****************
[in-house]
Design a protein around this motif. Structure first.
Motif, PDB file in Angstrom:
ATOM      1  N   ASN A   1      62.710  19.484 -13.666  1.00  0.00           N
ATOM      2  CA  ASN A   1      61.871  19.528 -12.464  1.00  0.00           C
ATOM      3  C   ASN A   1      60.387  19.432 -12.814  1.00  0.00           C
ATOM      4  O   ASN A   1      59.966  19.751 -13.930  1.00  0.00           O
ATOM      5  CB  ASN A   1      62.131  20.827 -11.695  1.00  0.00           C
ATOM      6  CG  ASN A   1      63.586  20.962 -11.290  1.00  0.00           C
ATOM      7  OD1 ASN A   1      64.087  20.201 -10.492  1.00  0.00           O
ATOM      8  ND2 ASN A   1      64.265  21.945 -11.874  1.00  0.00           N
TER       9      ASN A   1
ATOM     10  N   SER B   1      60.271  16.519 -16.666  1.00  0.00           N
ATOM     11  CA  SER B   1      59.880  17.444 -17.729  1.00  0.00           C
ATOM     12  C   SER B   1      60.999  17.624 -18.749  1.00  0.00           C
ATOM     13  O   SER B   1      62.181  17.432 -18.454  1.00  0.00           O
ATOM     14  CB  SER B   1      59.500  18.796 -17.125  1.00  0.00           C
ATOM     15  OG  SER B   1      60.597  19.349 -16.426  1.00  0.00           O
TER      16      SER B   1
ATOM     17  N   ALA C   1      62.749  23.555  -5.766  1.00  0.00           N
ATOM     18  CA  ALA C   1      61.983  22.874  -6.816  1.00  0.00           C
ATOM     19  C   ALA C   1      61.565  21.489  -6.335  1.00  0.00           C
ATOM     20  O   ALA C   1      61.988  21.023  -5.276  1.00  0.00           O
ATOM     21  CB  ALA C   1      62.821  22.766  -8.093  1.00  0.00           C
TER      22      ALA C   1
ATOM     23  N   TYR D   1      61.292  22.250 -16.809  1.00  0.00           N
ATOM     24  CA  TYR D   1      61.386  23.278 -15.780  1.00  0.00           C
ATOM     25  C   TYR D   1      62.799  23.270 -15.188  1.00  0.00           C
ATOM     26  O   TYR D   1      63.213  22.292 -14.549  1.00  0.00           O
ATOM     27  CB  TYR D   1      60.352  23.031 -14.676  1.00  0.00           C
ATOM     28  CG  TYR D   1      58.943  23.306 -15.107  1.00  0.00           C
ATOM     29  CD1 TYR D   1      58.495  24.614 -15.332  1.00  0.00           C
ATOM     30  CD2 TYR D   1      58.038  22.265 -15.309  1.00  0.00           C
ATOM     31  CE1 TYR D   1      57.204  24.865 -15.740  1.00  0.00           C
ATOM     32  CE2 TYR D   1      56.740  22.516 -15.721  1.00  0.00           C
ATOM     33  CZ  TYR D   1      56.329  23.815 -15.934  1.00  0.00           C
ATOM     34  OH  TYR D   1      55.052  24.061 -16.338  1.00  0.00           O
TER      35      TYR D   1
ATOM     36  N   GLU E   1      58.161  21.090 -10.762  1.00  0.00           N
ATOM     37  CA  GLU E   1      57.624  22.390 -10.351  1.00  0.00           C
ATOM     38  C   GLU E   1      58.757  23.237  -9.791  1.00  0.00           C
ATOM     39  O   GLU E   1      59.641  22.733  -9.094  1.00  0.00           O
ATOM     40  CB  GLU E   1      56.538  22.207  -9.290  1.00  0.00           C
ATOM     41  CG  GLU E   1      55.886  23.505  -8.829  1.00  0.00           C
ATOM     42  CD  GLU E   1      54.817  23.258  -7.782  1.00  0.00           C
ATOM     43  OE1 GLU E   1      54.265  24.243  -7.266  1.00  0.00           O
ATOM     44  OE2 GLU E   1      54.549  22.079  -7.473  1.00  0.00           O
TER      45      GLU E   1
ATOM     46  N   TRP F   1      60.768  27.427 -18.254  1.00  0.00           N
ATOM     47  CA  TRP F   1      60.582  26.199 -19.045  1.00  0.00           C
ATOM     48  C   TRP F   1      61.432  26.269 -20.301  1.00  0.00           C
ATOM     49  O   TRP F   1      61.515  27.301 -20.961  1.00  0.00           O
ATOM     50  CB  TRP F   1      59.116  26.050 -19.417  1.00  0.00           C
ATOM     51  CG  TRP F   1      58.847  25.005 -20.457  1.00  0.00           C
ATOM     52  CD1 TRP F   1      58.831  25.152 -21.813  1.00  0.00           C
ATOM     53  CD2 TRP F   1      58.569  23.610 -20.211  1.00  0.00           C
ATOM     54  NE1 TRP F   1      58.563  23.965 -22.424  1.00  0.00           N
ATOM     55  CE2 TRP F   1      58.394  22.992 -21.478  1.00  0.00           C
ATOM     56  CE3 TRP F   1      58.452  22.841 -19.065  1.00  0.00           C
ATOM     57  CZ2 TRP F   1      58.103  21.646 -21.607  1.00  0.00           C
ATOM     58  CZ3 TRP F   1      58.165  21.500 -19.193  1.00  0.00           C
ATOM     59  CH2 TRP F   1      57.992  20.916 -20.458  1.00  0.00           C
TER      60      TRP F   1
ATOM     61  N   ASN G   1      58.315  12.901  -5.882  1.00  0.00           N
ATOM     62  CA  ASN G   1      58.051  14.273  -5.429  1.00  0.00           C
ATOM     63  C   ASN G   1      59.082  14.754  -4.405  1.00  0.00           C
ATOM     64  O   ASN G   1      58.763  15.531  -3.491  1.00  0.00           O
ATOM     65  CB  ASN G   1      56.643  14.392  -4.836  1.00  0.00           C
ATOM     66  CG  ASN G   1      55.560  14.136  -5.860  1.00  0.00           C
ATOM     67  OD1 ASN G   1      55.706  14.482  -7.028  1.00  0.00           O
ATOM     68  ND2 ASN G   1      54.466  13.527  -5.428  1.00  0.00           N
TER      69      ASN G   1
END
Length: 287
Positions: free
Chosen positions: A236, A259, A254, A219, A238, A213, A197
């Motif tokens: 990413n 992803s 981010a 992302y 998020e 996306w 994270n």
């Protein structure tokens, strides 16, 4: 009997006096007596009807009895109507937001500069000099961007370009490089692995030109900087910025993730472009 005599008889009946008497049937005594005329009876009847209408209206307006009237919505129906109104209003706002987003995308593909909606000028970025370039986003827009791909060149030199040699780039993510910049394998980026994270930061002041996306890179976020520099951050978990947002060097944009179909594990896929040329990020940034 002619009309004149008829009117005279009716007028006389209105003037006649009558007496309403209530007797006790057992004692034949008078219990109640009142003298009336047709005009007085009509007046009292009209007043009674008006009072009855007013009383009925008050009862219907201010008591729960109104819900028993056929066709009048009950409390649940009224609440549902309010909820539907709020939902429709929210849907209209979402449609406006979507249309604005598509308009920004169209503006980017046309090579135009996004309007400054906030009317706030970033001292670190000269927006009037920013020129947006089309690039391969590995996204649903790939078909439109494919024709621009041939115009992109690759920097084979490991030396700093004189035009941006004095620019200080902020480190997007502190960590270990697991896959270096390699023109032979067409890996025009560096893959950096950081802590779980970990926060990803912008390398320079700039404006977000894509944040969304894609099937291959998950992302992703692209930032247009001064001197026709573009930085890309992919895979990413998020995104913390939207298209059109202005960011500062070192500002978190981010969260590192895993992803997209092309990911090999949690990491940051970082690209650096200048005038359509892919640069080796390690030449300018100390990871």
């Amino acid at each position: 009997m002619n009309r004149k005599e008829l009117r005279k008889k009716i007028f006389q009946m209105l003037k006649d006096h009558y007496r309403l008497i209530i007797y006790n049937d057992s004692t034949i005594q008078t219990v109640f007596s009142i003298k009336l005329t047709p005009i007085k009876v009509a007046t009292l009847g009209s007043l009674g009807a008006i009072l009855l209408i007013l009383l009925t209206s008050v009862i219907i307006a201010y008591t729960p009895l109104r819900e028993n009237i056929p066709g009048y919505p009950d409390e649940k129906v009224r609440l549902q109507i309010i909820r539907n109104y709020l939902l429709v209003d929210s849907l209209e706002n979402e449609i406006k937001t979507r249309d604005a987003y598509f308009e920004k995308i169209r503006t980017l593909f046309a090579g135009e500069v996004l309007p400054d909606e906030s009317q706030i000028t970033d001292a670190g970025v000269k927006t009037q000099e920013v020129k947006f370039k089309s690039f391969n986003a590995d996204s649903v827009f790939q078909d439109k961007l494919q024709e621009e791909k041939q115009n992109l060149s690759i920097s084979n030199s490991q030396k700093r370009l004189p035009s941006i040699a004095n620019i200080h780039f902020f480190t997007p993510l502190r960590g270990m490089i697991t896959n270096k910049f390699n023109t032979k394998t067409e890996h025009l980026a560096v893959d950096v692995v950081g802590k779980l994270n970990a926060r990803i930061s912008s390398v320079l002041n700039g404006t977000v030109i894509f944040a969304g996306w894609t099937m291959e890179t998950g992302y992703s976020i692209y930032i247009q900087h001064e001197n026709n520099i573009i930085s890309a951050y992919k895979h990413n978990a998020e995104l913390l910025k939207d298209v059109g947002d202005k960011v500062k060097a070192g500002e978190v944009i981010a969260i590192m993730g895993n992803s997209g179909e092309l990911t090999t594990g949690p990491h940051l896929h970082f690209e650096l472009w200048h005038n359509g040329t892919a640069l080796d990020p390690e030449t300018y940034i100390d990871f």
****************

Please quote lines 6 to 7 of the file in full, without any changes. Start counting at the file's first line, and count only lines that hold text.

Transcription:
ATOM      3  C   ASN A   1      60.387  19.432 -12.814  1.00  0.00           C
ATOM      4  O   ASN A   1      59.966  19.751 -13.930  1.00  0.00           O